The initial bandwidth of teletext was up to 150 kilobaud, allowing the transmission of approximately 27,000 of texts per second. This doubled in 1982 with the introduction of HDTV. Several years later, the Open Broadcasting Association started a second channel which was entirely oriented toward broadcasting data, with a bandwidth of around 12 megabytes of data per second. This is available to a number of public services and can be bought into for a small fee. It contains text and a special vector graphics language, and is used by domestic computers and the Guide. However, it is not used for electronic newspapers because it is a condition that all information broadcast on it must be free at the point of use and it was considered a state monopoly on information.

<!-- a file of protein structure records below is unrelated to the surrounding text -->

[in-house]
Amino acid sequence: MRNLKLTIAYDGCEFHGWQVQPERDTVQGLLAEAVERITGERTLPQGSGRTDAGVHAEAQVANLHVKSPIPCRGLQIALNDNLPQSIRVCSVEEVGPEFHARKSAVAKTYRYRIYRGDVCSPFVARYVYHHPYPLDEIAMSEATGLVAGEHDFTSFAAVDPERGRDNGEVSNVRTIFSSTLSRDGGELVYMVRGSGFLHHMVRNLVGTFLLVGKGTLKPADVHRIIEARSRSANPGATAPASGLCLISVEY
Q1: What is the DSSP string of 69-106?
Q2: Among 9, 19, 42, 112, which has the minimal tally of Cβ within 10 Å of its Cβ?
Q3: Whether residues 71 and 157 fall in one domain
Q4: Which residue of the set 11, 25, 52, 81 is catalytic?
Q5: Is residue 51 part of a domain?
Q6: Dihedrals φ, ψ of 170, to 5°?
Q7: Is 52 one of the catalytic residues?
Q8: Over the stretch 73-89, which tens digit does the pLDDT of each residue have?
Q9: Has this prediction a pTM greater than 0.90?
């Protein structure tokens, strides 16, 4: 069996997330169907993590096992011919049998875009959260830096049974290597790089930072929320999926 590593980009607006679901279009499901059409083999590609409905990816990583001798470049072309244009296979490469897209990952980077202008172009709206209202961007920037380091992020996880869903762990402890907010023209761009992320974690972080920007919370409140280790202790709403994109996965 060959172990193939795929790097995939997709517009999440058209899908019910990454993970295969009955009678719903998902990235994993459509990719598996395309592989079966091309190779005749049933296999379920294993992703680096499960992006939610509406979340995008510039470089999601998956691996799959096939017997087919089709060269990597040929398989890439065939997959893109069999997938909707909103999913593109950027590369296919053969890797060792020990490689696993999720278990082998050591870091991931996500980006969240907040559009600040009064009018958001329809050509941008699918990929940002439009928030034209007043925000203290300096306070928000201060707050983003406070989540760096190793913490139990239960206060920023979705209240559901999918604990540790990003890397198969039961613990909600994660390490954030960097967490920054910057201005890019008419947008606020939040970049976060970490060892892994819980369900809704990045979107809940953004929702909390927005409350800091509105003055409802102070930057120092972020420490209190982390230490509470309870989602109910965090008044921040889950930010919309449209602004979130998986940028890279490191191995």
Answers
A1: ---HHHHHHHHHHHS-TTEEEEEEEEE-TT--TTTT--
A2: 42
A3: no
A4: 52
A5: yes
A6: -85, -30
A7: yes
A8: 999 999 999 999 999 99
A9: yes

Domestic computers and guides now all have facilities for receiving UHF frequency data for the purpose of using this channel and others.